Because it is August and I am a working elementary teacher, my thoughts get muddled in my head this time of year. I really want to enjoy the remaining weeks of summer, but I’m never far away from the growing “to do” list that tells me what I need to purchase or prepare for my classroom. It might surprise you, what a teacher’s list looks like in August…It certainly doesn’t begin after Labor Day like many might think 🙂
My son and I left the house with a long list of errands. I looked in the rear view mirror and I was surprised at how much of his head that I could see. Being a parent, I was used to stopping at lights and stretching a bit, so that I could see my most precious cargo’s face before the light turned green. Today…no stretching necessary.
“Are you sitting all the way on the seat?”
“Yes…of course! Why wouldn’t I?”
This was just another obvious sign of his recent growth spurt that has caused him to outgrow recently purchased school clothes and eat non-stop throughout the day!
He continued sharing his most recent Mine Craft trivia that he recently gained from a tutorial. I have to be honest, I hear SO much about it, that on this drive…I smile and nod my head instead of taking the time to stop him for clarification. The day before, I made the mistake and asked a question that “I should have known if I had been listening.” My son was quite disgusted that I hadn’t picked up all of the hints that he had shared.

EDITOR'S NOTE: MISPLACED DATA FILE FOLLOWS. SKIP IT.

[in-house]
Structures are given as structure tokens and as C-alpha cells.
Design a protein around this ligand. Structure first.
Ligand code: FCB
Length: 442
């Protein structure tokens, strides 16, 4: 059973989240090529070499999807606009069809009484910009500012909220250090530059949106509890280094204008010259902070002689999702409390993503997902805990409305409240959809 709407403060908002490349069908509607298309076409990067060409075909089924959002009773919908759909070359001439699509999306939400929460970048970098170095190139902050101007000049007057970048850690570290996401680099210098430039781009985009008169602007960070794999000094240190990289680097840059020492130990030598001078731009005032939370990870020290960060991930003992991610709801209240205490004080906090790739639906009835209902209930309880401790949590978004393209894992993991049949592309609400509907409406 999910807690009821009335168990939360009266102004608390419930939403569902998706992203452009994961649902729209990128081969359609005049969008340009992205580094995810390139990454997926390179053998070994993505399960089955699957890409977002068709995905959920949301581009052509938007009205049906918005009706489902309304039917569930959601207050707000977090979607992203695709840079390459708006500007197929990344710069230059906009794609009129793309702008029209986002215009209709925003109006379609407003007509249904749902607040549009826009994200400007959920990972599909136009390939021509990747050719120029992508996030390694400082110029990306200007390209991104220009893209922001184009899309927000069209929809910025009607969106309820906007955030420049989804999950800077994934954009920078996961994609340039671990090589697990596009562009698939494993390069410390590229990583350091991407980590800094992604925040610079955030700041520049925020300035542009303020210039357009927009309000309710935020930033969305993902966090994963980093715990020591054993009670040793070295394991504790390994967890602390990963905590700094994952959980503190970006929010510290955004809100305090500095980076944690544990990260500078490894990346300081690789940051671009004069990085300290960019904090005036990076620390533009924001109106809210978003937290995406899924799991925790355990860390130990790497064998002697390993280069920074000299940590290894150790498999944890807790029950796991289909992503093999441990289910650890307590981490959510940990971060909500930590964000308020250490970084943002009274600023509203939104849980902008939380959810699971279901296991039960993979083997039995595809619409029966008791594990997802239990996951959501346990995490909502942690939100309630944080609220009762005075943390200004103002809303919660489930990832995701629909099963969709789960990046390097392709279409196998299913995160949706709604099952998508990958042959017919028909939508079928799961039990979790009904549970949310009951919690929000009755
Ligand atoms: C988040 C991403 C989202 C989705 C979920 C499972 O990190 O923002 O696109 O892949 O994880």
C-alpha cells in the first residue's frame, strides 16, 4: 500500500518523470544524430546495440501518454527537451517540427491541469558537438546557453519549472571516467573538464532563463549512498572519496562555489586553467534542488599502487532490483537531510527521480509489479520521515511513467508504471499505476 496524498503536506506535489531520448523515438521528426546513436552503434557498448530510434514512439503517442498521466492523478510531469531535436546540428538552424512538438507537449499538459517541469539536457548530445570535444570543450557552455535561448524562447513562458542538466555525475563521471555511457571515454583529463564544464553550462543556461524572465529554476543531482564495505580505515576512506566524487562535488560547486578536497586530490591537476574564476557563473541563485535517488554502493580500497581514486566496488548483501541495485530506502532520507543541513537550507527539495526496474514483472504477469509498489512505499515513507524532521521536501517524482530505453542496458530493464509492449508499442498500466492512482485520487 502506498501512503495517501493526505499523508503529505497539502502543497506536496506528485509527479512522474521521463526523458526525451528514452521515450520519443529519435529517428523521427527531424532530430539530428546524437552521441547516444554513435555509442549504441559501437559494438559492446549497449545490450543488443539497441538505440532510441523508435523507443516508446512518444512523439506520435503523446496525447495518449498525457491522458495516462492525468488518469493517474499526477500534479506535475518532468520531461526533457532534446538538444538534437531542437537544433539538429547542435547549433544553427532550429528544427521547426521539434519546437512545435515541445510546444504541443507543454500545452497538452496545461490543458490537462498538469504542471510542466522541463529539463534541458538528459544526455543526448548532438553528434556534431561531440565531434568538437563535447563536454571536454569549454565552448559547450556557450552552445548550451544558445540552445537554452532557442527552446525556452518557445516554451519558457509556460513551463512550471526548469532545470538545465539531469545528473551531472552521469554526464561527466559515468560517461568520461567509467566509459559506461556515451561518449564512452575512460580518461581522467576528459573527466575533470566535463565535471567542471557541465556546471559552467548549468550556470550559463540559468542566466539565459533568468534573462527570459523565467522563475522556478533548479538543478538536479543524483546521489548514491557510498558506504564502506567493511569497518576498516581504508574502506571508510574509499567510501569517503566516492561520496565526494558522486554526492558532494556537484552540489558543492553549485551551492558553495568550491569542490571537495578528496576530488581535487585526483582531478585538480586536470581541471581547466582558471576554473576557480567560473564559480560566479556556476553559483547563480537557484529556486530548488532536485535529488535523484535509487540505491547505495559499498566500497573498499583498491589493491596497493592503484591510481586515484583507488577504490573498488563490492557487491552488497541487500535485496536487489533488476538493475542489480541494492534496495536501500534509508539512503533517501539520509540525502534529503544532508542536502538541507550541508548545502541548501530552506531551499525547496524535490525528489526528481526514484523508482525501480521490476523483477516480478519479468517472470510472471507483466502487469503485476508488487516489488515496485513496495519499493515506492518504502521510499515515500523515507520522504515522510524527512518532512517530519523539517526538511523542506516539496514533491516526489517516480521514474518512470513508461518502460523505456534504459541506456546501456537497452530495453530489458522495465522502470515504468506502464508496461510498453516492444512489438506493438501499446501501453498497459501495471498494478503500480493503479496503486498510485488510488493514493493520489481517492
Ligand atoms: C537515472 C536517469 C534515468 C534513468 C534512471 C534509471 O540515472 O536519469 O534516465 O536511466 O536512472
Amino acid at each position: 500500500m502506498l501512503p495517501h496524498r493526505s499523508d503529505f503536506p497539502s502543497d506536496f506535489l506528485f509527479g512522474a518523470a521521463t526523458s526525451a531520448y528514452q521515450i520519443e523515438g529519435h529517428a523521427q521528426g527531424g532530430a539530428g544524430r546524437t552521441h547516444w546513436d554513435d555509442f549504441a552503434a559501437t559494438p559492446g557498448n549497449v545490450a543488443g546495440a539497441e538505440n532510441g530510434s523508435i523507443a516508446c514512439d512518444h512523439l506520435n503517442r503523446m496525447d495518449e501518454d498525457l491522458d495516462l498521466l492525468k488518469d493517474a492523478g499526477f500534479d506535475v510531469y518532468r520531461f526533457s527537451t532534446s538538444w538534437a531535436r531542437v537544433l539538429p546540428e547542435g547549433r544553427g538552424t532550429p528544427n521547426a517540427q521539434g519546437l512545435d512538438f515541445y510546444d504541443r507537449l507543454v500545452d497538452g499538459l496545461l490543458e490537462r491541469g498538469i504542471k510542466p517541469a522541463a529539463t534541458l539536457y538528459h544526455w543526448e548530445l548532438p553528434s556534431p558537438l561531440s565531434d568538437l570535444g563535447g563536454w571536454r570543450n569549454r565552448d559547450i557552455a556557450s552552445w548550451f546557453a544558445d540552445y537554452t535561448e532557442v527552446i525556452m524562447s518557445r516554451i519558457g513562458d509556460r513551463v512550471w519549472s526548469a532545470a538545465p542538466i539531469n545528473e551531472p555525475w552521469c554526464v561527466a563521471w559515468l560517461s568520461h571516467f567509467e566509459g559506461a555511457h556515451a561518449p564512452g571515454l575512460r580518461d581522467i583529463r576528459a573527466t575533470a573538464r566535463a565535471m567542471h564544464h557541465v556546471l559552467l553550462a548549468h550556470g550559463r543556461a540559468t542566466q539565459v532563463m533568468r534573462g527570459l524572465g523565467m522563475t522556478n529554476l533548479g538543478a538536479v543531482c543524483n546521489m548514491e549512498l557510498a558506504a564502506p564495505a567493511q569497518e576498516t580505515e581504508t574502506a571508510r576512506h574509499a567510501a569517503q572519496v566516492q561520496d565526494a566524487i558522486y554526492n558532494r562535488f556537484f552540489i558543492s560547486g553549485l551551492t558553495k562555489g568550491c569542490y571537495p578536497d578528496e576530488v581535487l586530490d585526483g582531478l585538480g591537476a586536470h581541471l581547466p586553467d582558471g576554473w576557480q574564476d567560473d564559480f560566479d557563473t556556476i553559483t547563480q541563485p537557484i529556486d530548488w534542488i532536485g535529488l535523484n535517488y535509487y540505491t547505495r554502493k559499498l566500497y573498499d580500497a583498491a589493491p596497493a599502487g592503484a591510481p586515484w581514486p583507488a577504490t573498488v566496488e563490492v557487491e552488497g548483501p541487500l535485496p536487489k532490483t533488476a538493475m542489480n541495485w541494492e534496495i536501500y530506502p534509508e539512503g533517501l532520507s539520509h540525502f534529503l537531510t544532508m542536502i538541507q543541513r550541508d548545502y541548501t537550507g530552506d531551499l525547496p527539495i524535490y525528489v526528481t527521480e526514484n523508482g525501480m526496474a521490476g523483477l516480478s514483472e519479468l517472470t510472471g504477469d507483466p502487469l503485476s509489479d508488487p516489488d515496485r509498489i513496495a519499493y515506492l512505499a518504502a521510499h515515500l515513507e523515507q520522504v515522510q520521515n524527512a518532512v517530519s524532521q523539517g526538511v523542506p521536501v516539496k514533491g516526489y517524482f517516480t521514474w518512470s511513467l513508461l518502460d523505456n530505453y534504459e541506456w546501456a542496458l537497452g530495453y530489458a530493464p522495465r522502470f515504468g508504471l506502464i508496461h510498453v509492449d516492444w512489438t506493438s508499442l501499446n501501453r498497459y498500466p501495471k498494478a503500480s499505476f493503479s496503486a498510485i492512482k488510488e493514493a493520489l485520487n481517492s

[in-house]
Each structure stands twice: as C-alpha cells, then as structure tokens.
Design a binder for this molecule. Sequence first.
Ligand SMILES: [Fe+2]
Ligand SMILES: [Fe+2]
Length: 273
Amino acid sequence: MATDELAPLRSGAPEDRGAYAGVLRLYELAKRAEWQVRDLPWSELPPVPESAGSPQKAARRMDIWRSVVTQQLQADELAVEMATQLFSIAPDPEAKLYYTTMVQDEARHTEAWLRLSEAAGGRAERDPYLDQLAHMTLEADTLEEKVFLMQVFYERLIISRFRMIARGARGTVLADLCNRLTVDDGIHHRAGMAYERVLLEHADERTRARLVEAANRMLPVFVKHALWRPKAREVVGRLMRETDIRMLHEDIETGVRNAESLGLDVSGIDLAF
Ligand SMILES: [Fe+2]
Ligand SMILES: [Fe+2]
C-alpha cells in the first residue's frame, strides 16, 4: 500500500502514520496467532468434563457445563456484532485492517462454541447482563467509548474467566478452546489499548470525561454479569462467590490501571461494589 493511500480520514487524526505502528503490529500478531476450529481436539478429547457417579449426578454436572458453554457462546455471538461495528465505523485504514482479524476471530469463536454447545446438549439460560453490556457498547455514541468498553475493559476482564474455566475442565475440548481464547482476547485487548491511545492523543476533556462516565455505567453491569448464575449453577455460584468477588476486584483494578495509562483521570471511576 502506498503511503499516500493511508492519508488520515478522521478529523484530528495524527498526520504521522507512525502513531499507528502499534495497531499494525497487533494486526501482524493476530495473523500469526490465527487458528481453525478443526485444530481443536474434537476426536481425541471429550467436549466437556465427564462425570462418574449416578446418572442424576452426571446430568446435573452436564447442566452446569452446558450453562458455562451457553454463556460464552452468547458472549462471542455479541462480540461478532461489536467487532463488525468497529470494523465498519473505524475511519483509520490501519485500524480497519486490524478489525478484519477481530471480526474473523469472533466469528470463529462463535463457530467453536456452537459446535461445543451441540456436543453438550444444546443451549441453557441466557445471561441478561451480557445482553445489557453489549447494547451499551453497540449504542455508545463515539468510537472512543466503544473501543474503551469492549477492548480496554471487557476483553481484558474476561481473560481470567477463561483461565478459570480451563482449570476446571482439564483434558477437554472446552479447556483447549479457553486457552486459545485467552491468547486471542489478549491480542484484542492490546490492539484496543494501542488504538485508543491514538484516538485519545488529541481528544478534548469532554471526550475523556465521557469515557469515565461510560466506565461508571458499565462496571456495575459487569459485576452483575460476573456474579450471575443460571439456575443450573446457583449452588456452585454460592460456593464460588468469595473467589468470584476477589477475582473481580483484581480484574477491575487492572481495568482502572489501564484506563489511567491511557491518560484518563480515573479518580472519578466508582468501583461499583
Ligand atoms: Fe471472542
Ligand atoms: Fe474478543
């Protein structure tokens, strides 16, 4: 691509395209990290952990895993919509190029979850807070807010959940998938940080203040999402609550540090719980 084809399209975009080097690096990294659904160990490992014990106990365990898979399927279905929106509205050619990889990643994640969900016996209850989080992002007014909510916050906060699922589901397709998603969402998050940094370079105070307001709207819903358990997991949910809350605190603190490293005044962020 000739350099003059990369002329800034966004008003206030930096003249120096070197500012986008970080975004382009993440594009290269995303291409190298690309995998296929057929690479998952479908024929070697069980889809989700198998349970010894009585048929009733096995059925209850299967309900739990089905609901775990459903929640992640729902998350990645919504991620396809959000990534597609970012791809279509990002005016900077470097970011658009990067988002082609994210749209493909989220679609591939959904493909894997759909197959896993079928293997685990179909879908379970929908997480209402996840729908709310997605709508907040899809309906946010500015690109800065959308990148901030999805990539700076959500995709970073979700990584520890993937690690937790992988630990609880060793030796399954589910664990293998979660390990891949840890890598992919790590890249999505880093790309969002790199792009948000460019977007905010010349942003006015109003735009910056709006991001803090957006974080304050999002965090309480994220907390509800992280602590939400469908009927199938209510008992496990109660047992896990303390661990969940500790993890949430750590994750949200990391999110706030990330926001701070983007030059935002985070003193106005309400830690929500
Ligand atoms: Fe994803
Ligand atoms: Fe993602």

For some reason, I spontaneously started singing a song that my Kindergarten students loved as I was driving toward our first stop. If you are an educator or a parent, you might know the Apples and Bananas song. Each time you sing the verse, you switch the long vowel sounds so “e” would be “EEpples and Baneenees.” You must excuse the spelling because I have no idea how these words should appear in a book!
Normally, my son hates when I start to sing a song in the car. He loves a good Mine Craft parody or a little Katy Perry, but that’s it.
However, on this afternoon, he smiled a large grin and started tapping his legs. I stopped after one verse and expected that he would be content with that; instead, he begged for more. Each time, he wanted me to continue and each time I did, he smiled and giggled.
Here’s the funny thing, my son has always loved words and rhyming words, but when he was little…he hated this song! He covered his ears and would drown me out with “No thank you, Mama! No thank you!” Today, he was enjoying a tune that he should have enjoyed years ago but wouldn’t…or couldn’t.
See a few years back, he struggled with flexibility. The idea of changing the words to a song was annoying and upsetting to him. Now…he sees the humor in it and has the flexibility to appreciate the intent of the song.
When I was done singing, I told him that he once hated this song.
“Really?” He seemed shocked at the news. “How could I have ever hated such a fun song?”
“I don’t know…I wondered that myself.”
For a few minutes, we were both quiet. Maybe we were each contemplating his progress and maturity toward this song and other things.
“Well…I don’t know why I hated it, but I love to hear you sing it now.” He smiled a big toothy smile and leaned up to pat me on the shoulder.
My son, I will sing it as long as you want to hear it!